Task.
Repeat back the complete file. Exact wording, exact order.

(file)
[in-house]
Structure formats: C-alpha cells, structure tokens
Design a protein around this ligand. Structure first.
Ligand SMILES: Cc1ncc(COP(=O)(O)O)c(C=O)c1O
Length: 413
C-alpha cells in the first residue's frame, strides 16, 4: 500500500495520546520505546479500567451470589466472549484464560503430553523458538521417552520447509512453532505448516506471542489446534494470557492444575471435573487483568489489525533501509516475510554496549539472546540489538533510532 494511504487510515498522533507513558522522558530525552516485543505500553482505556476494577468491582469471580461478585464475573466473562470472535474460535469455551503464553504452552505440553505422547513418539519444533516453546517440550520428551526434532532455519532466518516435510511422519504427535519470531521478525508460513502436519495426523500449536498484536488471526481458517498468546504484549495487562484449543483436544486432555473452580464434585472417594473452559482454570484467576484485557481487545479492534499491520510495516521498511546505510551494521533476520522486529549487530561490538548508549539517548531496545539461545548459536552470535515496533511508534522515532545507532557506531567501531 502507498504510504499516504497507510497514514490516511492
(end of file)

[in-house]
Structure formats: C-alpha cells, structure tokens
Design a protein around this ligand. Structure first.
Ligand SMILES: Cc1ncc(COP(=O)(O)O)c(C=O)c1O
Length: 413
C-alpha cells in the first residue's frame, strides 16, 4: 500500500495520546520505546479500567451470589466472549484464560503430553523458538521417552520447509512453532505448516506471542489446534494470557492444575471435573487483568489489525533501509516475510554496549539472546540489538533510532 494511504487510515498522533507513558522522558530525552516485543505500553482505556476494577468491582469471580461478585464475573466473562470472535474460535469455551503464553504452552505440553505422547513418539519444533516453546517440550520428551526434532532455519532466518516435510511422519504427535519470531521478525508460513502436519495426523500449536498484536488471526481458517498468546504484549495487562484449543483436544486432555473452580464434585472417594473452559482454570484467576484485557481487545479492534499491520510495516521498511546505510551494521533476520522486529549487530561490538548508549539517548531496545539461545548459536552470535515496533511508534522515532545507532557506531567501531 502507498504510504499516504497507510497514514490516511492